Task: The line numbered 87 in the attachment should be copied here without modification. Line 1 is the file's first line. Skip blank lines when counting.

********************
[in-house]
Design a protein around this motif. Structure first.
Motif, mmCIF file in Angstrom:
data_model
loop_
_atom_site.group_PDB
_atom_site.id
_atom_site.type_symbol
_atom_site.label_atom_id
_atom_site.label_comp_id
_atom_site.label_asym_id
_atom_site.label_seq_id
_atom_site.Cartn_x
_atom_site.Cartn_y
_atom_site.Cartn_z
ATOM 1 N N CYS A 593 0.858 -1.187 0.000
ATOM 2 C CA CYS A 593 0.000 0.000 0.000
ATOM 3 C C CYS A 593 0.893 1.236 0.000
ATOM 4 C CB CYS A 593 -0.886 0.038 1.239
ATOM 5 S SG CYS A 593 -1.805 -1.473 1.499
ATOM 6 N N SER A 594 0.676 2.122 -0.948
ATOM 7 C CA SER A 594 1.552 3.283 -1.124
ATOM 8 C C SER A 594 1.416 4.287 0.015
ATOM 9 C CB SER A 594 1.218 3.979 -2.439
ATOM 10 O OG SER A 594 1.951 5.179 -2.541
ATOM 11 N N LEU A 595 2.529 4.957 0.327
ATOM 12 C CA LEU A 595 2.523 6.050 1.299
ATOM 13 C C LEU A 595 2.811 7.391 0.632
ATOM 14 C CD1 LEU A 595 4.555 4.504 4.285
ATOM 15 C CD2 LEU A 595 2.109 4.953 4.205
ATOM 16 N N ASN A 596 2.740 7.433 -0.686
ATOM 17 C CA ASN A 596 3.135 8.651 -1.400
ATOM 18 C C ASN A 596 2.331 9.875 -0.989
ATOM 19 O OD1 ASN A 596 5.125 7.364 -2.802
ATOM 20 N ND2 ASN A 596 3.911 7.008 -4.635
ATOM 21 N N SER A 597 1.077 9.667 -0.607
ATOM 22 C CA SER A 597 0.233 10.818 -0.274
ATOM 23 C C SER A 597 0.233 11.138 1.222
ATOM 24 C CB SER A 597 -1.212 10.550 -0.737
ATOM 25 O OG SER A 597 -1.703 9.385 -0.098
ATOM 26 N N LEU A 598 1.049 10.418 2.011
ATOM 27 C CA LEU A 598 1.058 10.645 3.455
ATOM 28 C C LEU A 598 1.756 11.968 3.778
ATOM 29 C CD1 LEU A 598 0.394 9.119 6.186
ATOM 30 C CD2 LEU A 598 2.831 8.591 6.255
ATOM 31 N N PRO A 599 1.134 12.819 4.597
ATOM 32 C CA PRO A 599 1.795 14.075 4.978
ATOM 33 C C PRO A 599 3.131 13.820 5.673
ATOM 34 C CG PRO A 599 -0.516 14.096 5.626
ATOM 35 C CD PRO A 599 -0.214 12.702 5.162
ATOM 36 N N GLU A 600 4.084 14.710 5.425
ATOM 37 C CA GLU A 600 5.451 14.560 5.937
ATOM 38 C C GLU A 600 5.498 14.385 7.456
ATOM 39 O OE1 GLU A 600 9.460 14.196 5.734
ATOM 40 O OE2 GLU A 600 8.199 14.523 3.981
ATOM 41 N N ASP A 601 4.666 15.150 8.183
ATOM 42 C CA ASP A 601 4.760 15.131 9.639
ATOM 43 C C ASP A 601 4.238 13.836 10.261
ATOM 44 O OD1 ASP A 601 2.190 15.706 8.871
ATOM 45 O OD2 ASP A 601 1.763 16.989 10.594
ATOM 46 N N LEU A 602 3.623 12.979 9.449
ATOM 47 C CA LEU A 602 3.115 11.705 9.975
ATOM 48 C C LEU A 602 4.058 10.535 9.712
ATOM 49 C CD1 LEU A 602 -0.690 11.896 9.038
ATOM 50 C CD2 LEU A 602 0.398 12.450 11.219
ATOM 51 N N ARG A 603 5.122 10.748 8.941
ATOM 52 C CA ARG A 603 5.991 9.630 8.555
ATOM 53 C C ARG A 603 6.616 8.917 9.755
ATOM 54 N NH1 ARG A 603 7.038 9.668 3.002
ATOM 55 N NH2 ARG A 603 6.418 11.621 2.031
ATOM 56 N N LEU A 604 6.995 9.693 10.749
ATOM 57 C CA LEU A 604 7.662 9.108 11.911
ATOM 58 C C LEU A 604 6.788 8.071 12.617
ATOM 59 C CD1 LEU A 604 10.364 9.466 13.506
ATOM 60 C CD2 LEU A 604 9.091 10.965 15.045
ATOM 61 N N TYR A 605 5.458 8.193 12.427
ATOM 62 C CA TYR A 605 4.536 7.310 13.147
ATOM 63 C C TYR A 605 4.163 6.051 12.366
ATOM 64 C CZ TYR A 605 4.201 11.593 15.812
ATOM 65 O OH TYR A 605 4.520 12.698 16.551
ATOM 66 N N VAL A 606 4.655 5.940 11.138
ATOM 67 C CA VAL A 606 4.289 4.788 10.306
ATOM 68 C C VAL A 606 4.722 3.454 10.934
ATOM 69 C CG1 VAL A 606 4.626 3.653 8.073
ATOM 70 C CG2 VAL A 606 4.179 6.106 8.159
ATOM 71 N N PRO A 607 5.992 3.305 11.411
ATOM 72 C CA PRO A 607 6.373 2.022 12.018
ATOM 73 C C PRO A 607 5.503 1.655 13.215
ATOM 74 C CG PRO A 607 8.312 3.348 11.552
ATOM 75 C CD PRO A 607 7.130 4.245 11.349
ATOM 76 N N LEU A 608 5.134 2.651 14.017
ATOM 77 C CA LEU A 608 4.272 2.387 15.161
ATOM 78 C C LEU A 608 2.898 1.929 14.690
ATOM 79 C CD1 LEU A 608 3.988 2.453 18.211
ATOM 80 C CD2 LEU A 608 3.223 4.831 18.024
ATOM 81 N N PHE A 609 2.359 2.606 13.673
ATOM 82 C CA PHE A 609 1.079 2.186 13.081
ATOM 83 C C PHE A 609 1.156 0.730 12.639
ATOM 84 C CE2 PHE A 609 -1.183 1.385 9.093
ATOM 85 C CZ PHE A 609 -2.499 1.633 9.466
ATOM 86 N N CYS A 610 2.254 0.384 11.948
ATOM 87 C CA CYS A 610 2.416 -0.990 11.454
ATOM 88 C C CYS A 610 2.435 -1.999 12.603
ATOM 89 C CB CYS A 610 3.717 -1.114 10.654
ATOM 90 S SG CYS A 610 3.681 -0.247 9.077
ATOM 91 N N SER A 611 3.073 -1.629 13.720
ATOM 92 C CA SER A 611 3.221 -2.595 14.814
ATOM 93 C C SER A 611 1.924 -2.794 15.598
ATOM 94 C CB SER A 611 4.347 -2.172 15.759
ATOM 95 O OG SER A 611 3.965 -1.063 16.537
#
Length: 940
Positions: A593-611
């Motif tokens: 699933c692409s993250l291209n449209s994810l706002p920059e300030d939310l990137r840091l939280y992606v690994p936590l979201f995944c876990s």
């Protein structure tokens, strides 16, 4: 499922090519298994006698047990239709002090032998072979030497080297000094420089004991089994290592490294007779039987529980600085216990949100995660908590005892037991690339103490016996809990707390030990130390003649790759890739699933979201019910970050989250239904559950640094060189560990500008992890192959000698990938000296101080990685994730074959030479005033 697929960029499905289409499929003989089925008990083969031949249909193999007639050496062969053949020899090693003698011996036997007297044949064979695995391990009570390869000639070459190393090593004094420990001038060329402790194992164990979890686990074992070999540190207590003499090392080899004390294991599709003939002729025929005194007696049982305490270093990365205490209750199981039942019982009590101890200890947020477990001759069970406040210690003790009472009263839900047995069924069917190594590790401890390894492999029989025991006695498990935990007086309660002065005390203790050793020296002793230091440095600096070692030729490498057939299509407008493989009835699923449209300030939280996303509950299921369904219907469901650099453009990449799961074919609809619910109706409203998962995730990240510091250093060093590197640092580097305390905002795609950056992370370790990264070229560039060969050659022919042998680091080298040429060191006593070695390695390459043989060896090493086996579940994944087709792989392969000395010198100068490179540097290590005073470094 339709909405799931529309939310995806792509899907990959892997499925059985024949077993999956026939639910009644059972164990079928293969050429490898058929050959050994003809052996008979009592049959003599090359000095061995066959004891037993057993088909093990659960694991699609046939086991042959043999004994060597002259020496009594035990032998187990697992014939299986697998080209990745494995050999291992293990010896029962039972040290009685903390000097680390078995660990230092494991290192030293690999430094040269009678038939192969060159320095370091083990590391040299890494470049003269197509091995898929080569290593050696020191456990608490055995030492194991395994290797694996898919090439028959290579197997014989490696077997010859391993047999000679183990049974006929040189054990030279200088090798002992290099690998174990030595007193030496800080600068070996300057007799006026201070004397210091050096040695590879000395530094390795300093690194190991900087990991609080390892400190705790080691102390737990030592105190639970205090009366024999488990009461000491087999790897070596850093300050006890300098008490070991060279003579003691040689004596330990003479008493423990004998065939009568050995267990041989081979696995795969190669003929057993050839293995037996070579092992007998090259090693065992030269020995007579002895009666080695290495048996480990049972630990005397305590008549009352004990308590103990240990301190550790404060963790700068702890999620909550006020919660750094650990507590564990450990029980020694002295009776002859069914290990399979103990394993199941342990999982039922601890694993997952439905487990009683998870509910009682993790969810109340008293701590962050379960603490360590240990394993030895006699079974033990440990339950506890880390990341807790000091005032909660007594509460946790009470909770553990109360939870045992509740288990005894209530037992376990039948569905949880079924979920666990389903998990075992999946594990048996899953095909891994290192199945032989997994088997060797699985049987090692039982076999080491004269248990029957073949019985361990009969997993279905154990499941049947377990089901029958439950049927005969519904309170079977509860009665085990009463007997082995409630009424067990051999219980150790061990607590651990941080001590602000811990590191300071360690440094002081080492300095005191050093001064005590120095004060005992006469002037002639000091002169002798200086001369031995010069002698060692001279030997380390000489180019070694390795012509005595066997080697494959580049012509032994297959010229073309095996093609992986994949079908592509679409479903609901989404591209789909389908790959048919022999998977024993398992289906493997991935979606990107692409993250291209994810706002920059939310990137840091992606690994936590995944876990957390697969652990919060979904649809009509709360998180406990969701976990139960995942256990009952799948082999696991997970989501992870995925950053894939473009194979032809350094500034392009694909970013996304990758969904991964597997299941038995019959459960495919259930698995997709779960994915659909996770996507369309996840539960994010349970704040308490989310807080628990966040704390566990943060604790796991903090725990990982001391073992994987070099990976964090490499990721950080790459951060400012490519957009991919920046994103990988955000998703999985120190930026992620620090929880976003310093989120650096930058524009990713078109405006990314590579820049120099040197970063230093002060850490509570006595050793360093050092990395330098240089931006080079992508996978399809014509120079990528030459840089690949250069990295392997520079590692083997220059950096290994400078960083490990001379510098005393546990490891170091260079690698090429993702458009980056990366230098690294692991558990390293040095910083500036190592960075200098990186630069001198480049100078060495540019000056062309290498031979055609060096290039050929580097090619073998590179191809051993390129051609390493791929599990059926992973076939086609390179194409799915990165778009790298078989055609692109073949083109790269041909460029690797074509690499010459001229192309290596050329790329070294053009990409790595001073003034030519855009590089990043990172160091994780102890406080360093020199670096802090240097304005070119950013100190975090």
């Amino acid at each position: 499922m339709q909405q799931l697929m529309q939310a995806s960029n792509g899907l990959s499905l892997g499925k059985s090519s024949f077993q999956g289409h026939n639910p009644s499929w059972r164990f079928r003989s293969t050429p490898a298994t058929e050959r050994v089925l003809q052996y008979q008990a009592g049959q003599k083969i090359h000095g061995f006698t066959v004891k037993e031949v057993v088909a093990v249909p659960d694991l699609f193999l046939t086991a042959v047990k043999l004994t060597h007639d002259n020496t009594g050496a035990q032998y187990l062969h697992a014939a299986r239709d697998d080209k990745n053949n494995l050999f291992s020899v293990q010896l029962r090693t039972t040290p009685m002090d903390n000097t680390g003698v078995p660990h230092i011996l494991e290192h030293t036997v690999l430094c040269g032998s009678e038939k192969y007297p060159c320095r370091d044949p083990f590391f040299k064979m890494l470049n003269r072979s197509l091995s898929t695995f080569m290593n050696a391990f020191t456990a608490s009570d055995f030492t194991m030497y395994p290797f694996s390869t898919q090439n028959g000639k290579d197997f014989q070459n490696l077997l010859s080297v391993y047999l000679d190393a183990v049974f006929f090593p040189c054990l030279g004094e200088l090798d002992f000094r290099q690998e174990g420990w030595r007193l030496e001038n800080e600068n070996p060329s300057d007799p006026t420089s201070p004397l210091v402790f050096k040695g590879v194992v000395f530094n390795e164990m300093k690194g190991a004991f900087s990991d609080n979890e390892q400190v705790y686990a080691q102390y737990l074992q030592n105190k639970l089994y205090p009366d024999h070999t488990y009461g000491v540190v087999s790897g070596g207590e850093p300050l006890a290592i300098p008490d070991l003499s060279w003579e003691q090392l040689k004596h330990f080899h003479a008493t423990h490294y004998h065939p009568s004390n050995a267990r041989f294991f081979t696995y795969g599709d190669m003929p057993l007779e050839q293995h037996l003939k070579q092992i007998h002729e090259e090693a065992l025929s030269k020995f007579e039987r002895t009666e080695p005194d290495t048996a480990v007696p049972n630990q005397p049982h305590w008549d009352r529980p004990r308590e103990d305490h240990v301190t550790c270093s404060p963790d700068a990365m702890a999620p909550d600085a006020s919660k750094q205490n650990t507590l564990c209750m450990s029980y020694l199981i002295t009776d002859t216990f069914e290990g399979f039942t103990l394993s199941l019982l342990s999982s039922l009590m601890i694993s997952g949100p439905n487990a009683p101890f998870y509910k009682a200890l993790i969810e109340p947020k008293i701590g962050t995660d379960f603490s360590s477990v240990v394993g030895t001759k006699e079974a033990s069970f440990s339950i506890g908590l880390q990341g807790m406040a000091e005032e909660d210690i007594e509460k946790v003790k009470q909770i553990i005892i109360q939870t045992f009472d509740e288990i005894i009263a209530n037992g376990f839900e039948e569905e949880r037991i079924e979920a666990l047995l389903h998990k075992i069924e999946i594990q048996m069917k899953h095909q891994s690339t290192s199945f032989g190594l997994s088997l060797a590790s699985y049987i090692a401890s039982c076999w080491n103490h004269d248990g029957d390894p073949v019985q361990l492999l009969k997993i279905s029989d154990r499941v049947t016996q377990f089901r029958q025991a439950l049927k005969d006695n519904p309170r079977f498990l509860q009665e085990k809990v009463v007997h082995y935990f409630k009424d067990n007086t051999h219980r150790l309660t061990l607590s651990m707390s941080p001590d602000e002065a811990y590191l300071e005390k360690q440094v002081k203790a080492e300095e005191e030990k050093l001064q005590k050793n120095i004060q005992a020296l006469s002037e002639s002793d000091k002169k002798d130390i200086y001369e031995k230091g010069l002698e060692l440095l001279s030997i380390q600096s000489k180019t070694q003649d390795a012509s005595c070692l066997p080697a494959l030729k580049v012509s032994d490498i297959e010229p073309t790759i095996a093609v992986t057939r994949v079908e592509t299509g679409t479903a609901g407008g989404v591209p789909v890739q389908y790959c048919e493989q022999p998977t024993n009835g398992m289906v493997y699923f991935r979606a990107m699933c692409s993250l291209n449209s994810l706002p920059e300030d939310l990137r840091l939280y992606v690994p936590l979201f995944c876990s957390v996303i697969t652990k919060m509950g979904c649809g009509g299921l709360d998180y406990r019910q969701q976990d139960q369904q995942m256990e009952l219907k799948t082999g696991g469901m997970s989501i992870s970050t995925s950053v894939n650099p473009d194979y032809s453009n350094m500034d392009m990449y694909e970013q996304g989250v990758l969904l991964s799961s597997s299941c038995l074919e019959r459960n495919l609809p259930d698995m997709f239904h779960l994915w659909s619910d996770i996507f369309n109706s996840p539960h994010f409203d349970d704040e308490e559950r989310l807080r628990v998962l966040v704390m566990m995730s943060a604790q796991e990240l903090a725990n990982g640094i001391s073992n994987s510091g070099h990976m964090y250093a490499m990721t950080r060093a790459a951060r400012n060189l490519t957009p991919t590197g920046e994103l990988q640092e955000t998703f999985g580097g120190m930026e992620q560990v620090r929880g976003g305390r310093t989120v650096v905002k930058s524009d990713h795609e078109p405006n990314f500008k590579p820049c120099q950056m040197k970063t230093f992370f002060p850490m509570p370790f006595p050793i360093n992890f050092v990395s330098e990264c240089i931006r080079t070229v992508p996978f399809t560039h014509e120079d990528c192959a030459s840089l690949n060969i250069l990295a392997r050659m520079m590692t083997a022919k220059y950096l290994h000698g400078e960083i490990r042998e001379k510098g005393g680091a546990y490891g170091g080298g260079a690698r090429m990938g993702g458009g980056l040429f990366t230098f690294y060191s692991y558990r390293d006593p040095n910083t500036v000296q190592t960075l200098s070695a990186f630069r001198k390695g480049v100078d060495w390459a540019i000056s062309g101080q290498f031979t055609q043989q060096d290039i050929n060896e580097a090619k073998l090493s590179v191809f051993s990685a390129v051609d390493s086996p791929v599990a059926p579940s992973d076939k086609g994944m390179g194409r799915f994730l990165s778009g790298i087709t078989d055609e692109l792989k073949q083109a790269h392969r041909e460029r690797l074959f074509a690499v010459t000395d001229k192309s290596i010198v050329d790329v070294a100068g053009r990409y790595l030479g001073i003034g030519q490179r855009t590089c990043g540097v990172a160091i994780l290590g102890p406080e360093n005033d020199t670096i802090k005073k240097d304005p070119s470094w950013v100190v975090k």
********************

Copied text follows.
ATOM 72 C CA PRO A 607 6.373 2.022 12.018